This time fishnet covered the young woman’s left arm, and strips of a CD hung in hair that was chopped and dyed in more ways than Ambri could count. Seven of her fingernails were orange and two were white; pink and beige swirled on the tenth. Her shirt was made of newspaper clippings.

“You’re still enjoying it here?” Ambri asked, pitching her voice above the murmurings of the wispy people.

The young woman looked up. “Hello,” she said, and her smile broadened.

When they met for the first time, the girl had said that a name always remained the same and she didn’t want that, but giving herself a new one whenever she wanted meant no one would remember what to call her. Easier to have none at all.

Ambri wrapped her hand around her wine glass of liqueur, putting each finger a different space apart. “You’re older than when I first saw you.”

The young woman watched Ambri’s fingers. “I don’t age in a pattern, ye-ar by year. Never have. Parents didn’t like that. I was born under Victori-ah.” With her bi-colored eyes she looked up. “You don’t change at all.”

“I never have. I do not remember my birth, but I have heard many stories: that I was cut from the side of a wasp; that I was molded from bone and metal; that I grew to this size in a womb and in tearing free from it killed my mother, the first death for me to collect.” Ambri inclined a brown shoulder in a shrug. “All I remember is doing my job.”

“That’s a long time to al-aways do the same thing.”

“It is.” She thought of her sword, resting by the door. “Though I am made for longevity, it is a long time. It is wearying.” But some of the tightness had left her shoulders, eased away by Idjinna’s heat; and her hands were warm from her glass, not exertion. “That is why I come here, from time to time.”

The young woman nodded, and two CD strips tapped each other.

“Idjinna and Esnan are in a booth. I think you’ve met them?”


“Do you want to sit with us?”

Nodding more—up-and-down or sidewise gestures, unevenly spaced—the young woman gathered up her dried peas and slid off her stool.

“You’re always solid, you and the oth-ers,” she said on the way to the booth. “You always see me and you never stare, you ne-ever look at me like I left the circus.”

Ambri looked over her shoulder at the young woman. “I know.”

“You try not to make rhythms.”

“Hello!” Esnan cried, seeing them. “Sit down! Now, what do you think’s the best color mixture? Thanks for the drink, Ambri.”

The young woman settled down in front of the phials arrayed chaotically across the table and stared at them all in turn, playing with the peas in her hands. Eventually she dropped a pea in a phial of cinnabar liquid and said, “That one.”

Esnan laughed. “I know exactly what that one’s for! Thank you, wonderful lady. Now tell me, where have you been travelling? Your shirt comes from all over the world.”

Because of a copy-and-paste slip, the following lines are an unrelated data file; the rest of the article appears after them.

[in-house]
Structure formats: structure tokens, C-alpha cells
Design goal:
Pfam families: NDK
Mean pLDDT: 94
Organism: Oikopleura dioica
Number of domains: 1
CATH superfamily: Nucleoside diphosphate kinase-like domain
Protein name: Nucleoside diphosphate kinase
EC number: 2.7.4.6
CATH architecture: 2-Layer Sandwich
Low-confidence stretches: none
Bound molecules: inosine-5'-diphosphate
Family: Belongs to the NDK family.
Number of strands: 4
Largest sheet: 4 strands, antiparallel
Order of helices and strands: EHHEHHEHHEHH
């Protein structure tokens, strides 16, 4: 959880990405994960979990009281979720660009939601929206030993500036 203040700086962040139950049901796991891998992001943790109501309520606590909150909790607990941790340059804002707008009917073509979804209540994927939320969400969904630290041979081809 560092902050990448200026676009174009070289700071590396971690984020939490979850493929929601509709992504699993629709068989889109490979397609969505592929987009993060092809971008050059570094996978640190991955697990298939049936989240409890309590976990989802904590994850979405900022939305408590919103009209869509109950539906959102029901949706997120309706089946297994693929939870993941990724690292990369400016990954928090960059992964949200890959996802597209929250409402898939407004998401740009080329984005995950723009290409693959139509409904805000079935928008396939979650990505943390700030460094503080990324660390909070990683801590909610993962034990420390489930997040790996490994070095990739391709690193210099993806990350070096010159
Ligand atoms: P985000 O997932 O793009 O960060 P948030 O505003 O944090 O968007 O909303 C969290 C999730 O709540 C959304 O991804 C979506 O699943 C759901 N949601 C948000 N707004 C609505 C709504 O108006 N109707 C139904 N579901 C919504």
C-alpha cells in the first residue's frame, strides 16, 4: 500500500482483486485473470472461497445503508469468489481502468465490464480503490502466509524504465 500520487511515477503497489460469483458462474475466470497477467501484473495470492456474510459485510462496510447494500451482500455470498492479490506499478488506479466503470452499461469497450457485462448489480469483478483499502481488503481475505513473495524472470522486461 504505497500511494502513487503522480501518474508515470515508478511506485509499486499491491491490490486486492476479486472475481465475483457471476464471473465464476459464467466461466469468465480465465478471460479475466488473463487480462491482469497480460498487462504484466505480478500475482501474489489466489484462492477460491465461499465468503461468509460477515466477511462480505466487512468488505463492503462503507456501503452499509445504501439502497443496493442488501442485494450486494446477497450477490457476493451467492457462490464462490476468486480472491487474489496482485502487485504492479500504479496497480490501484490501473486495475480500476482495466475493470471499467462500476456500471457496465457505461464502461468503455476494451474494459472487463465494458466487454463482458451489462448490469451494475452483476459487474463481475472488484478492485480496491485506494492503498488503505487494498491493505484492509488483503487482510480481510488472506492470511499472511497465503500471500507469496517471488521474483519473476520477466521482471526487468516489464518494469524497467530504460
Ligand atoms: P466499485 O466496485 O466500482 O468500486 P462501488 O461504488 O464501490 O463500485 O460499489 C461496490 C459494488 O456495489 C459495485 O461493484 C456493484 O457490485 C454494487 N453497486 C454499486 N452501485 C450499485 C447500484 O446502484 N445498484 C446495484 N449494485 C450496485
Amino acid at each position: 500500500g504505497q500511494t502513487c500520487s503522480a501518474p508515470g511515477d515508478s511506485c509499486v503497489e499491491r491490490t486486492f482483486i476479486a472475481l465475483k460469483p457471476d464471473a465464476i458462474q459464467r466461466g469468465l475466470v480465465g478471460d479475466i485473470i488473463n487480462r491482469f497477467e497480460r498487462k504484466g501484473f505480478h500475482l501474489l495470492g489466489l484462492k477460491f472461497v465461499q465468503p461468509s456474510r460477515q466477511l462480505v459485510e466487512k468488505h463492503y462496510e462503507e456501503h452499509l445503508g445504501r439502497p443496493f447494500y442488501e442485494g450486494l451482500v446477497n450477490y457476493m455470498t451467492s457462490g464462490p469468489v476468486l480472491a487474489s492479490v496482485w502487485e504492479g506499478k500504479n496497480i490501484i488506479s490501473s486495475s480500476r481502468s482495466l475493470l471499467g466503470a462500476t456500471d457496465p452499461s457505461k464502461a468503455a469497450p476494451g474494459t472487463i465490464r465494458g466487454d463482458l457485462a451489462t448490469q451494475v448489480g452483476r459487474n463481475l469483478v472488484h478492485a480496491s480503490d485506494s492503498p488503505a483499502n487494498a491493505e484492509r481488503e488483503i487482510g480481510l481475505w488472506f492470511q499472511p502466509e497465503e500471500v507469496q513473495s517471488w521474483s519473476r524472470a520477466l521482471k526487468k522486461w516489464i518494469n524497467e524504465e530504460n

“I went to Malawi and Uruguay, and in a bo-at to Cyprus . . . ”

As the young woman related her journeys, Ambri leaned against Idjinna and smiled. This is why we come here.

6. The floor, made for standing still

When they parted for the second time, the young woman told Ambri that she would travel with Esnan.

“To markets and sites of misfortune,” the man said. “You can find us there, if you wish.”

“Or he-ere.”

The young woman grinned up at Ambri, who climbed out of the booth with her cheek singed from Idjinna’s farewell and walked to the door, who took up her sword, fastened the belt and scabbard around her waist. One hand on the hilt, Ambri said over the early afternoon quiet, “I’ll be back here, of course.”

“We all will be back here,” said the young woman with phials in her hands. “Eve-entually.”

7. The door, welcoming

Glasses and plates slid on and off tables like a brocade cloth. In high-sided booths, dark blue like the late-night sky, friends and the newly met chewed and swallowed, sipped and smiled. With dried peas on their tongues they exchanged their lives.

The door creaked open and another entered: swamp-skinned and broad; or reptilian, ancient, the first creature ever to lay an egg in a nest; or tall and pale, dressed in scraps, wanting a drink from her begged coins and finding a booth full of people she saw plainly. They made space for her. The young woman with mismatched clothes and an intolerance for rhythms offered half a plate of chicken and couscous.

A candle burned.

“Welcome,” the young woman said.

Author profile

Alex Dally MacFarlane lives in London, where she is pursuing an MA in Ancient History. When not researching narrative transmission in the Alexander Romance traditions, she writes stories, found in The Other Half of the Sky, Heiresses of Russ 2013: The Year's Best Lesbian Speculative Fiction, Beneath Ceaseless Skies, Shimmer and Zombies: Shambling Through the Ages. Poetry can be found in Stone Telling, The Moment of Change and Here, We Cross. She is the editor of Aliens: Recent Encounters (2013) and The Mammoth Book of SF Stories by Women (forthcoming in late 2014).